Writer: Erik Larsen
Artist(s): Larsen, Frank Fosco, Scott James
Publisher: Image Comics
Plot: Dragon continues to look for Jennifer and Angel wants to help. Meanwhile, a family reunion at Rock House Diner is interrupted by bad blood. Some time ago, Alex Wilde thought she had Dragon all to herself, and Dragon thought Jennifer had accidentally killed her abusive husband.
Comments: Well, the cover promises “80-pages of All-Out Action!” and Larsen always tries to deliver. When he ups the price like this he also tries to up the content, as a sort of boon to all his loyal readers who have been waiting months in between issues. Larsen is busy running Image these days, and he has several other irons in the fire, so Dragon hasn’t been coming out like clockwork since issue #100 or so (when the last big multi-arc plot events reached their climax).
We’ve been dealing with fall-out since then, and I’m not sure what it all means anymore. With all the parallel universe hopping, I don’t know which Dragon, which Angel or which Jennifer we have. One Angel went very very bad under Mr. Glum’s influence, one Jennifer lost her powers, and one extra Dragon waits in a holding cell pleading for his release.
The better part of the issue is given over to an extended story about Rock and his family-run diner, which is threatened by the Vicious Circle once they learn of his estranged daughter. The daughter, Gina, is plucky and resourceful, and though freaked out by powered adults like Feezle, Beast Boy and Widow, she adapts quickly to her new life.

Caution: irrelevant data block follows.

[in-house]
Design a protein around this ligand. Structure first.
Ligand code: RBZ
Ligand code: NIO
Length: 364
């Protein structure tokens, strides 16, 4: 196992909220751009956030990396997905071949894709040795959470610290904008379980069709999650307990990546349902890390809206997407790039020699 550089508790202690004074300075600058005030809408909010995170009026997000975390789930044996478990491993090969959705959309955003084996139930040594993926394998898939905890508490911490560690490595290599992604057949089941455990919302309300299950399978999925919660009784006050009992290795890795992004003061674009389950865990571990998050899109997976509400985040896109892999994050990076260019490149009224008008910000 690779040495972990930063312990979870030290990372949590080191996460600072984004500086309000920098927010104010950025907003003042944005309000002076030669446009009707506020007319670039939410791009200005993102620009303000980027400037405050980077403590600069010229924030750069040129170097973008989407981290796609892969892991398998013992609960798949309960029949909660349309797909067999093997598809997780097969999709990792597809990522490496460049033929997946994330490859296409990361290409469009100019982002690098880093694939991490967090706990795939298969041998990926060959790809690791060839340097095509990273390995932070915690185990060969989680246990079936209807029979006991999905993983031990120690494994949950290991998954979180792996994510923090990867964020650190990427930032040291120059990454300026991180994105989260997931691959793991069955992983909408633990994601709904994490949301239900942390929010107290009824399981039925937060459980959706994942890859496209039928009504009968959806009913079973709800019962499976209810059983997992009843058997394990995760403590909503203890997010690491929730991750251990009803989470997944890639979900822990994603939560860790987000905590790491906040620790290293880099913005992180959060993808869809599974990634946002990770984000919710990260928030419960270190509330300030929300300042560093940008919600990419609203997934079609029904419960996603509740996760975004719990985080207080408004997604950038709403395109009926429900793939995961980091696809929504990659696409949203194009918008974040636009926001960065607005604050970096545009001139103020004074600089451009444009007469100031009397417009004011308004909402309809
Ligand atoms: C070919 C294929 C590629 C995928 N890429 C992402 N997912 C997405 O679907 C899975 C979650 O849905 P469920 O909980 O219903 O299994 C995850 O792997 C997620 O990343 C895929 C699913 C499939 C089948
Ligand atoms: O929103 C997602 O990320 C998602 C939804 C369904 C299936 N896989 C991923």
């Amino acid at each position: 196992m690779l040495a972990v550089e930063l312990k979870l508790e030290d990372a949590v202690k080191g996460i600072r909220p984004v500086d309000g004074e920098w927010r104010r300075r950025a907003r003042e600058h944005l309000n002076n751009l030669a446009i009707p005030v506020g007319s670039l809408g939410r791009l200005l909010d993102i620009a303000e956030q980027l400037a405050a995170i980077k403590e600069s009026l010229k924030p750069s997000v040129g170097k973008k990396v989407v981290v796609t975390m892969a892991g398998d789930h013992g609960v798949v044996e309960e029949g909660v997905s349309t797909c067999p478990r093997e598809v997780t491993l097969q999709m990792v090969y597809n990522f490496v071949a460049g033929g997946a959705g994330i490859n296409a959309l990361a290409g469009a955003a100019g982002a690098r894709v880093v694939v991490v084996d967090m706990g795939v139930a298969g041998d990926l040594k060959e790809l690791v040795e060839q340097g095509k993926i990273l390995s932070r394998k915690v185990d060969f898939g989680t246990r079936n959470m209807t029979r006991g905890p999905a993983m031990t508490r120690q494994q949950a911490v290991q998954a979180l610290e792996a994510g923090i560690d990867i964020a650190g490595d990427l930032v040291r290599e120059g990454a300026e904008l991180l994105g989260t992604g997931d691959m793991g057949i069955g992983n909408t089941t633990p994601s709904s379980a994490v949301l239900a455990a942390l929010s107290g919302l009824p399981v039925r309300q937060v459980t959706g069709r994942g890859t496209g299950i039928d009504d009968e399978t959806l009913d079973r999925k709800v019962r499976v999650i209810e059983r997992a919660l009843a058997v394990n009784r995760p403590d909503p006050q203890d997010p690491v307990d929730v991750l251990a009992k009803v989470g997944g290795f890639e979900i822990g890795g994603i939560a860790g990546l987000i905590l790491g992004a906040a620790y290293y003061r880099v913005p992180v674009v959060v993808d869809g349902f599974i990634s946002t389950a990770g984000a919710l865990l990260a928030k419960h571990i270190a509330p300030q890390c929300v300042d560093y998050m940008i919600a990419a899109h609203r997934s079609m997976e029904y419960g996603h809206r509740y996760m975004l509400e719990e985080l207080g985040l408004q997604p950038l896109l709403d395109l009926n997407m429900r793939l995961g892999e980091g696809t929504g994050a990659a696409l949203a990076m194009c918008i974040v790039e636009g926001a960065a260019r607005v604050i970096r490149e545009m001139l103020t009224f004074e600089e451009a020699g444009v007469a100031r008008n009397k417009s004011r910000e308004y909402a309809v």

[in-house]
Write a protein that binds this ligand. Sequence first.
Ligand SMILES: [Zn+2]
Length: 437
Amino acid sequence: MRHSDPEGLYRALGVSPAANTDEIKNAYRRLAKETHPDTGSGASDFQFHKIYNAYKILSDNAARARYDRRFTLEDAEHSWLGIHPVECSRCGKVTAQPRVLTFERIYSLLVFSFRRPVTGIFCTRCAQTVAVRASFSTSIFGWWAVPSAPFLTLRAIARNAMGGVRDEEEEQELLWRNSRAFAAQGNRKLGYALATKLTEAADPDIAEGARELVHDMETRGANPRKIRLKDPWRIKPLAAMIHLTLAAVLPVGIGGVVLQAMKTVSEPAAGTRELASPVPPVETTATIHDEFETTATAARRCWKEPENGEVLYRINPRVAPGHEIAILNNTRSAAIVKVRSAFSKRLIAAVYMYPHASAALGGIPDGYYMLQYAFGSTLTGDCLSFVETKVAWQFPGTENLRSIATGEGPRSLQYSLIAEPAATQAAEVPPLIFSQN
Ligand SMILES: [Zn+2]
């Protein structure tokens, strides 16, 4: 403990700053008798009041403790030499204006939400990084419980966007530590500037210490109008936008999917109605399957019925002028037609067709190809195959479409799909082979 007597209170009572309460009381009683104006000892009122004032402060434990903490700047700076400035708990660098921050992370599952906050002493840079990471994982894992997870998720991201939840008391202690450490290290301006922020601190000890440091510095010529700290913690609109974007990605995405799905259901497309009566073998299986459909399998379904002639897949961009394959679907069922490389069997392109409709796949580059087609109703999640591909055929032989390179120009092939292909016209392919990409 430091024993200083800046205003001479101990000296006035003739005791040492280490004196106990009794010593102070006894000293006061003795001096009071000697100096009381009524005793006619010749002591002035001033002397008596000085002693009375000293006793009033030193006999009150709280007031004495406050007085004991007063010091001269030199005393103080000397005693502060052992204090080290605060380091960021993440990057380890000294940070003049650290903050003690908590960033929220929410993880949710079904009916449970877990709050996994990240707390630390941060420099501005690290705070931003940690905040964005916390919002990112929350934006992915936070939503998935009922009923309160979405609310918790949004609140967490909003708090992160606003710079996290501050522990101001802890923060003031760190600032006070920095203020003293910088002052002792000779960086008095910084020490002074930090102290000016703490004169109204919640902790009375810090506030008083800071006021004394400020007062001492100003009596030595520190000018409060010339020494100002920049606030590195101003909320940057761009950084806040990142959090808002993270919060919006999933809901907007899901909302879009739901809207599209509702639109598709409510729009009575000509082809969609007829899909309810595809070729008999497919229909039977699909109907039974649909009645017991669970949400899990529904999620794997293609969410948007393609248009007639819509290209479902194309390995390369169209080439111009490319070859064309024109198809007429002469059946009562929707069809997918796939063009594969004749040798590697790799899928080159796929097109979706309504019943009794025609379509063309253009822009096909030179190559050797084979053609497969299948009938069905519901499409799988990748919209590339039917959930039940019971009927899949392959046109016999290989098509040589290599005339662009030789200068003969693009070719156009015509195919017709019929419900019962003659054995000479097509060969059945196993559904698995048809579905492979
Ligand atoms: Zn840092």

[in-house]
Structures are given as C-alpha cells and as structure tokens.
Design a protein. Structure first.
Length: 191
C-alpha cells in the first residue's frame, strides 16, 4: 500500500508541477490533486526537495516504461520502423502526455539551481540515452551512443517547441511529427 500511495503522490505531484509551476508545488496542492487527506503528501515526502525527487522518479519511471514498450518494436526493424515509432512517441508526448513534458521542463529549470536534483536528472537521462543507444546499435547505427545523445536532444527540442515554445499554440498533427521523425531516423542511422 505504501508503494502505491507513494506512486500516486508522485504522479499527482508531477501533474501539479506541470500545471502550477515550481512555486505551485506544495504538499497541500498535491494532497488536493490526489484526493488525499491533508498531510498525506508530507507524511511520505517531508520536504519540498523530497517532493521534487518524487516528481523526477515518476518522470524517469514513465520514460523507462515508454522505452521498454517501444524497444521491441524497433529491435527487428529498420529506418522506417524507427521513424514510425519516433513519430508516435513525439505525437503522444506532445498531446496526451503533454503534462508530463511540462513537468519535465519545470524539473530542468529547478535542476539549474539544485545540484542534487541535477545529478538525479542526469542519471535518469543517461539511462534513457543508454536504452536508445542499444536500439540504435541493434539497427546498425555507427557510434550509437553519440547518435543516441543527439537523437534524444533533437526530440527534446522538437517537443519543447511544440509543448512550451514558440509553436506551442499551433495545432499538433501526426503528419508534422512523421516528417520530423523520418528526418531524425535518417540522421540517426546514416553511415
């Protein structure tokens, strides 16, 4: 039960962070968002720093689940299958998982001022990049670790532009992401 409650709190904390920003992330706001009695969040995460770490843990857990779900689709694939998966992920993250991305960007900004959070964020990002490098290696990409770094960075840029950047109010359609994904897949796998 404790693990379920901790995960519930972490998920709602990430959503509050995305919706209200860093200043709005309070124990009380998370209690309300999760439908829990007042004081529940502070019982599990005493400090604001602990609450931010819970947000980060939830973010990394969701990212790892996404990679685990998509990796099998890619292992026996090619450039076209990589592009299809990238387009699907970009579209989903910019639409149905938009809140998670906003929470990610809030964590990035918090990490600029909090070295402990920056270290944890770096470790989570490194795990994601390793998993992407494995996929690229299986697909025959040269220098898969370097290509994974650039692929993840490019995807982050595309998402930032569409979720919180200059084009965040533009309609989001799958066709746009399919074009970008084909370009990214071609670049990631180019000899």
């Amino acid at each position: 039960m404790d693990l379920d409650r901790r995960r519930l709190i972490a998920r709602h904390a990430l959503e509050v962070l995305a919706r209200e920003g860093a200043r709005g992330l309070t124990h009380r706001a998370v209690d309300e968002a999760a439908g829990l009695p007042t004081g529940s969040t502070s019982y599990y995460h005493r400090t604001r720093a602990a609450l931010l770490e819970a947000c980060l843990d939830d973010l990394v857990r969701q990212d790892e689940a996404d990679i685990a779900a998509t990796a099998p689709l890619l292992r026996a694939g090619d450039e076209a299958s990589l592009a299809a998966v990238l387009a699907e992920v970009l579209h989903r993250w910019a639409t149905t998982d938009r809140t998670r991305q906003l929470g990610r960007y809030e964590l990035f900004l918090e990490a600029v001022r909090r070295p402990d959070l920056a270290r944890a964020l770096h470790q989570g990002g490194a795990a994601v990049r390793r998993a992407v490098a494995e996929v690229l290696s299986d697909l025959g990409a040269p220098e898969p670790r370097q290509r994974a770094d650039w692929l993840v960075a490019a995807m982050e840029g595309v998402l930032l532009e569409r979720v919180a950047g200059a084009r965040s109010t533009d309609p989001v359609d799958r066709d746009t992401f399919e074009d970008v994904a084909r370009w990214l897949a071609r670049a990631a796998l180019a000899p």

There are some funny moments in the issue, as the villains attack Rock’s home and diner simultaneously. They don’t bank on Rock’s friends, though, including Zeek and a blue lass who casts shadows. The ensuing events are rather clichéd, but what makes the story work is how Larsen repeatedly slows down the fights to include realistic bits of conversation, emotion and familial feeling, even among the bad guys. There’s a very earthy quality to this issue, and Focsco’s slightly Kirby-esque depictions of big, ugly bruisers (and carnivorous subterranean worms) keep the action coming. He also makes Gina a fun youngster in her cheerleading costume, and has fun with the quirky powers of Widow and her daughter Janey.
A final story shows Alex on the last day of her relationship with the wrong Dragon, and the cheesecake art is fine considering the bedroom location of the brief story.
Also included in this issue is the usual long letters page and the most heartfelt tribute to the recently passed Mike Wieringo I’ve yet read. While not involved in a major story at the moment, the Dragon remains an entertaining, humorous and clever spoof of many previous superhero books.
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